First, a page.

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POLICY/POLITICS: Iraq, planning and the VA

In a op-ed in the LA Times, called The battle of Iraq’s wounded Linda Bilmes points out that the number of wounded servicemen and women from the Iraq war/occupation is incredibly high relative to the 3,000 deaths. Something like 50,000. And once the current generation is discharged from the army, the VA —which is already stretched— is going to be overwhelmed.

I’ve just read Imperial Life in the Emerald City which is a mind-blowing account of exactly how screwed up the initial occupation of Iraq was. Not only was there no plan of any form before the invasion for what the occupation ought to be like, but the only people who were thinking rationally in advance about what it should have been like (in State and other departments) were forcibly prevented from getting involved. I thoroughly recommend the book (by WaPo reporter Rajiv Chandrasekaran).

But, as if you needed to know after their “preparations” for occupied Iraq and Katrina, it’s for sure that this Administration has done no planning for the wave of disabled veterans that’s about to hit the VA. Now that they finally control the purse strings, let’s hope the Democrats can do better.

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  1. Please support early naturalization of foreign born Physicians of US Veterans Affairs to become US Citizens.
    Significant number of highly qualified and US trained but foreign born physicians providing an essential national service by providing high quality medical care to our nations veterans including the care of injured solders returning from Iraq. There are unfair restrictions for these physicians to become US Citizens at this time due to current immigration regulations.
    Most of these highly qualified physicians who are educated and trained in US universities and hospitals, and now providing essential service to our nations veterans have to wait five long years to obtain the permanent residency status in USA and another additional five years to become naturalized US Citizens.
    As a result of this unfair ten year long waiting period required to become US Citizens after starting their dedicated service to highly deserved US war veterans, these highly qualified VA physicians are forced to give up their equal opportunity employment rights that are mandated for all OTHER US Government employees.
    Current US Government employment regulations prevent non Citizen VA physicians from due advancements, promotions and even a simple transfer to other VA facility, therefore essentially making them virtual “slaves” for VA Hospitals they are initially assigned to. (US Government employment regulations restrict appointing a non citizen physician to any VA physician vacancy if a US citizen physician is available to accept the position even if the US citizen physician is less senior and less qualified and less experienced than the non citizen VA physician who is still in the ten year waiting period to become a naturalized citizen).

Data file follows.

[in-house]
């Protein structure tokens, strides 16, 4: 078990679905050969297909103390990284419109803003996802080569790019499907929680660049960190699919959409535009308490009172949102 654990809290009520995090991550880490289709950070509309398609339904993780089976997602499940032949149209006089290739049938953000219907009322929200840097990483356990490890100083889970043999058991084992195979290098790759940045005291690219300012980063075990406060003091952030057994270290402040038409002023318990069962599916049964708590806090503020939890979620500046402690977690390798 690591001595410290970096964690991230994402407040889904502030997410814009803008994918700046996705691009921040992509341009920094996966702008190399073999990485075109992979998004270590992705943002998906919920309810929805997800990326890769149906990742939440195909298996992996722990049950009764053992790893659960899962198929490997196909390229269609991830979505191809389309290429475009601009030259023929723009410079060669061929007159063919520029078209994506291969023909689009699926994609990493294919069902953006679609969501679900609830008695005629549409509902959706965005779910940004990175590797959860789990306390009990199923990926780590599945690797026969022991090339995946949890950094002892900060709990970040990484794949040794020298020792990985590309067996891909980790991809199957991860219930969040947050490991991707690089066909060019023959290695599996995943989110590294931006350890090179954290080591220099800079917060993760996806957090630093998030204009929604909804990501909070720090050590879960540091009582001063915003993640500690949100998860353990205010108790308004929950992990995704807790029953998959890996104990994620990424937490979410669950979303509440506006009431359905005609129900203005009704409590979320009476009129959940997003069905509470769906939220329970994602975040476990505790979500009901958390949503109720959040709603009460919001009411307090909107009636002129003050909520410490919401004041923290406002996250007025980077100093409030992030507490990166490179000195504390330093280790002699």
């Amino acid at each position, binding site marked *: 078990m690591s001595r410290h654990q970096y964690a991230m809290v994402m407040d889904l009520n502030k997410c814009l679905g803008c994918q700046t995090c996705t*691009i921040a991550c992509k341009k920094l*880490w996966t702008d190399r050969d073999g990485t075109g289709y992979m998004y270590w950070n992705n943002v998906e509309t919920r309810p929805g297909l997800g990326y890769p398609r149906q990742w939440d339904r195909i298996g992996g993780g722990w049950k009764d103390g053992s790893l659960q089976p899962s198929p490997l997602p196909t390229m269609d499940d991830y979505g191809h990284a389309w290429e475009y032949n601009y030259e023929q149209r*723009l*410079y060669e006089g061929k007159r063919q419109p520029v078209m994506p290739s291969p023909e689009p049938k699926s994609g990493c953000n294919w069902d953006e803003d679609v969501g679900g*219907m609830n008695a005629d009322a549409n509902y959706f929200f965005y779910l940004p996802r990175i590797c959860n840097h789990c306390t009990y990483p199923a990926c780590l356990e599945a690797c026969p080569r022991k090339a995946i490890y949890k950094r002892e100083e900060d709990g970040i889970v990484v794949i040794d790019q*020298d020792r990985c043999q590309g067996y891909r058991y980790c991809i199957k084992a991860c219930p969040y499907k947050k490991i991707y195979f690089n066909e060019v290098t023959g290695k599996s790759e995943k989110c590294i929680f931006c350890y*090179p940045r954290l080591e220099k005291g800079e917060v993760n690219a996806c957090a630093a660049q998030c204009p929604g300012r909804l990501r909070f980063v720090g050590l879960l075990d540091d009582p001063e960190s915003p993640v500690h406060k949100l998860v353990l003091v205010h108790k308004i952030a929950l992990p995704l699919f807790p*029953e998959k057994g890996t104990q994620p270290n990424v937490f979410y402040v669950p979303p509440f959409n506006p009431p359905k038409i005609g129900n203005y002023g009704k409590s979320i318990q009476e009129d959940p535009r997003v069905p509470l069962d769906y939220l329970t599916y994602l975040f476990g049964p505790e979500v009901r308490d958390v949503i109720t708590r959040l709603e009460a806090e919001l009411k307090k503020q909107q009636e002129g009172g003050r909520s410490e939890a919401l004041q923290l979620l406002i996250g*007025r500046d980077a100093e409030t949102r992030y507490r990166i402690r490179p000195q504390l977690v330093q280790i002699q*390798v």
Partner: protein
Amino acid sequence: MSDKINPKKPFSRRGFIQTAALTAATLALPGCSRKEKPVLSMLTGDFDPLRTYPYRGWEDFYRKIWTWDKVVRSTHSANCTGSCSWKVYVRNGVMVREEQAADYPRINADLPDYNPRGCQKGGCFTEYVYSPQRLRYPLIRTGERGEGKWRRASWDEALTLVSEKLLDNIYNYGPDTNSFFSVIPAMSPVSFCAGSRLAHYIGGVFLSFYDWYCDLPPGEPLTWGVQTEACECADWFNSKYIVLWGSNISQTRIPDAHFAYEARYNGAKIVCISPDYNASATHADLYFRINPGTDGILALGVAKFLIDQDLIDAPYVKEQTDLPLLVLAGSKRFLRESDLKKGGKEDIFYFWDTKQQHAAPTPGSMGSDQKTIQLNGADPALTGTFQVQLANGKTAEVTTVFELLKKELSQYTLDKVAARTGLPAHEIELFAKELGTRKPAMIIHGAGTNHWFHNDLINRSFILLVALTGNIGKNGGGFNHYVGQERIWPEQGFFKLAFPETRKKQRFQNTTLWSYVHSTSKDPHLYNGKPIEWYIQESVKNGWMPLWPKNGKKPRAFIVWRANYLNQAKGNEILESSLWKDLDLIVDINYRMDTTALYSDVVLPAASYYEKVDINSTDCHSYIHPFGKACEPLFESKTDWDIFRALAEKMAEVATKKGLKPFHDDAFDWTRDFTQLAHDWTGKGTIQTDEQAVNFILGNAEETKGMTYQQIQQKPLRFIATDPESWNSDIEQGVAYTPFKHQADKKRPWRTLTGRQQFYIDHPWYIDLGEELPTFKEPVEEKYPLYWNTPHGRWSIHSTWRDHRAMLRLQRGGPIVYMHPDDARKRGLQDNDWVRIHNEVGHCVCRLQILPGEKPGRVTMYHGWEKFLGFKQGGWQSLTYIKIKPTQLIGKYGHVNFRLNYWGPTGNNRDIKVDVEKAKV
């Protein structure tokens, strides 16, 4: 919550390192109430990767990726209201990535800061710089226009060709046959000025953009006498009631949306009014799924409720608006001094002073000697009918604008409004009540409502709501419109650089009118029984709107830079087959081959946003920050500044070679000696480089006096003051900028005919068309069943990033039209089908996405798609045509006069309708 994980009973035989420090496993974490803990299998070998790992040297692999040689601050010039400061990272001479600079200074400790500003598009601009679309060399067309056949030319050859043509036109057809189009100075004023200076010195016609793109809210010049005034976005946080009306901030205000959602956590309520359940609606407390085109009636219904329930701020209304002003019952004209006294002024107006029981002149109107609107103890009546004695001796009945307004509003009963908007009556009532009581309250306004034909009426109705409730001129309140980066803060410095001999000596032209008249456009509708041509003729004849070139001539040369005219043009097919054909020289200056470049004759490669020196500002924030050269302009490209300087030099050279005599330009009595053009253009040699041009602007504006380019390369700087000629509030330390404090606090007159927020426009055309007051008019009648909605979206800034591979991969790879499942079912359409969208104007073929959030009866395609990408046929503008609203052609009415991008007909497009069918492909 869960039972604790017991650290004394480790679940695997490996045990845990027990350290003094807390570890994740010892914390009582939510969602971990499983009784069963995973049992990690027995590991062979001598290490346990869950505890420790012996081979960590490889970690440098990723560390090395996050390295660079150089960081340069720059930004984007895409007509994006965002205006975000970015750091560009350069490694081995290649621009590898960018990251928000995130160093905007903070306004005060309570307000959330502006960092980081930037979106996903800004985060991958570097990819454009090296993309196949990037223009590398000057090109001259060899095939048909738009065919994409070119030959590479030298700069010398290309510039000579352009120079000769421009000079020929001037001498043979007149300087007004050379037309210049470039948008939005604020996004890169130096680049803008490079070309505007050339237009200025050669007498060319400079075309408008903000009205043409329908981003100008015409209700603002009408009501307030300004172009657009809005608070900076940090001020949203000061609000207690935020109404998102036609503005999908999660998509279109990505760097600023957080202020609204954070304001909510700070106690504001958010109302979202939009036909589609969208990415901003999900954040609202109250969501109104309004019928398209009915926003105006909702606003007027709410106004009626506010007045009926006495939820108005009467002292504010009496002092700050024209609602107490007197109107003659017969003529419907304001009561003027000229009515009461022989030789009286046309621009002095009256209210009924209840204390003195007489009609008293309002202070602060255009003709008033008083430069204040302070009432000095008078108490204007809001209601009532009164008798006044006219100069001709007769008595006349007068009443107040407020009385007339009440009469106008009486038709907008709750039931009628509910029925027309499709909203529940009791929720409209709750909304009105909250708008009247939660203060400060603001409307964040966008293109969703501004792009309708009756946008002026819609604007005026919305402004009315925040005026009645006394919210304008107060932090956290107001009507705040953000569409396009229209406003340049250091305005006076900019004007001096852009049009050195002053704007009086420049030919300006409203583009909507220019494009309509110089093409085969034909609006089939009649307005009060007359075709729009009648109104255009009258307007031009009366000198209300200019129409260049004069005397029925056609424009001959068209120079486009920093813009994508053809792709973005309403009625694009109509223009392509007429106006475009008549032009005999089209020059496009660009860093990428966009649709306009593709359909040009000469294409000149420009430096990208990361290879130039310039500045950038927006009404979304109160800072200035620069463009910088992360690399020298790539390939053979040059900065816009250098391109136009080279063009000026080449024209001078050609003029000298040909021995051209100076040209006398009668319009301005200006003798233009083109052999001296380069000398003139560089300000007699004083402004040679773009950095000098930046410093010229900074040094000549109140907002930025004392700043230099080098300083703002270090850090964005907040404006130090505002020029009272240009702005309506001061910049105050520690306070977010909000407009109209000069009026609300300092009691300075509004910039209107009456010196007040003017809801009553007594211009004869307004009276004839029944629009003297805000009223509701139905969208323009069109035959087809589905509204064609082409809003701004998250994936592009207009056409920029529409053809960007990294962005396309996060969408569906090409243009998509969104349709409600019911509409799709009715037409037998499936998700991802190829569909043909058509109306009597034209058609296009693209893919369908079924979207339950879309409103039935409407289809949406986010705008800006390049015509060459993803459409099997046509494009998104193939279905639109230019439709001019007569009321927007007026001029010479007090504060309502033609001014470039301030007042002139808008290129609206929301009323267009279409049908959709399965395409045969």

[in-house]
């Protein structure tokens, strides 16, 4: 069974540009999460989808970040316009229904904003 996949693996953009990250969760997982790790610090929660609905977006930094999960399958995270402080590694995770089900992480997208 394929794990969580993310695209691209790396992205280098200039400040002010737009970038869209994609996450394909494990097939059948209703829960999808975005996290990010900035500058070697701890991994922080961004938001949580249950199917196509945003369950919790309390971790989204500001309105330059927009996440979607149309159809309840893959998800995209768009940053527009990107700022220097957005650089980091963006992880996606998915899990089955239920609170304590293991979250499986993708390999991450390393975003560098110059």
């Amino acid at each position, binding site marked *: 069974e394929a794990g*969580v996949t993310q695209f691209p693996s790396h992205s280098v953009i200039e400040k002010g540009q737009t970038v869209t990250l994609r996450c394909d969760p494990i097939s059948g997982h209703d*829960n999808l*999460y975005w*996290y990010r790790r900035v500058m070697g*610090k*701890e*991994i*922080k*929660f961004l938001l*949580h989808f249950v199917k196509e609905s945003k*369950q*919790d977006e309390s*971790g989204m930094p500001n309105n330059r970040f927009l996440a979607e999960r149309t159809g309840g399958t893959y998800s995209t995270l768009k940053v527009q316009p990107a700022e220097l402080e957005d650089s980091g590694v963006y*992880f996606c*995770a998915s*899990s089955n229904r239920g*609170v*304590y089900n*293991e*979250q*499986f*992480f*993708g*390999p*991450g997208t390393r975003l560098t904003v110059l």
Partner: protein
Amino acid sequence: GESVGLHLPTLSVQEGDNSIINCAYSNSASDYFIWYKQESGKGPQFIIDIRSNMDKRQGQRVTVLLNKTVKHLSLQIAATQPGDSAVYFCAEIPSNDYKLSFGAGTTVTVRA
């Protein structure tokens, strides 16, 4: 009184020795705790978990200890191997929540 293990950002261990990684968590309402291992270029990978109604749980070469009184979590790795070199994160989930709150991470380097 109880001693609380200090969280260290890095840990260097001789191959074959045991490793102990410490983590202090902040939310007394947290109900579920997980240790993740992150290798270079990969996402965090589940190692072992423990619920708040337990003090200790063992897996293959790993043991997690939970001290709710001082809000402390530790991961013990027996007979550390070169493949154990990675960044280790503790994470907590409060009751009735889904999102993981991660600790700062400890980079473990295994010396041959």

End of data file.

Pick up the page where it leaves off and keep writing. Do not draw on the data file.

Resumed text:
To remady this unfair treatment of non citizen VA physicians who are providing an essential US national service, please support to amend the current immigration regulation so non citizen physicians who are employed by department of Veterans Affairs are allowed to become naturalized US Citizens after completing five years of service to VA provided they have already received US permanent residency status without having them to wait additional five years to become naturalize citizens.
    Currenly early naturalization is only available to spouses of US citizens and non citizen US military personnel.
    Ganga Hematillake, MD
    VA Physician
    110 Quince Court
    Hollidaysburg
    PA 16648

  2. Keeping the wounded from our eyes is just as deceiving as the Bush administration’s attempt’s to hide the war dead from public view. But Americans have come to expect no-pain wars with tax cuts thrown in. No wonder we’re in such a mess in Iraq.

  3. I find it remarkable how much focus has been given to ‘the fallen’ without equal recognition given to the disabled. Clearly better personal armour has increased the ratio of dead:disabled which is a blessing for many;however, lack of budgetary and staffing preparedness to handle the life long health-related services required for these young men will haunt us for decades to come.
    As a physician who worked at the VA system for 10 years, I have seen the devastating consequences of war. What gets little notice, however, is the psychological effects….Hoge et al(JAMA 2006 Mar 1 295:1023)published a cornerstone paper on this issue. They looked at occupational and health utilization outcomes for 1 year among soldiers returning from Operation Enduring Freedom in Afghanistan (n = 16,318), Operation Iraqi Freedom (n = 222,620), and other locations (n = 64,967). They found servicemen from Iraq had the highest rates of psychological illness (19% vs 11% from Afghanistan, and 8% from other regions). Sadly only one-third actually sought mental health services. The primary reason for avoiding medical screening or seeking care is social stigma (Hoge NEJM 2004).
    Veterans repeatedly tell me that the military culture is replete with social stigma around psychological illness such as post-traumatic stress disorder (PTSD), anxiety (GAD), and depression (MDD). In my personal experience treating veterans, these disorders not only have profound effects on the serviceman themselves but the entire family, often leading to divorce, domestic violence, and financial catastrophe.
    Let us hope the parties can find common ground to increase the VA budget for these servicemen.

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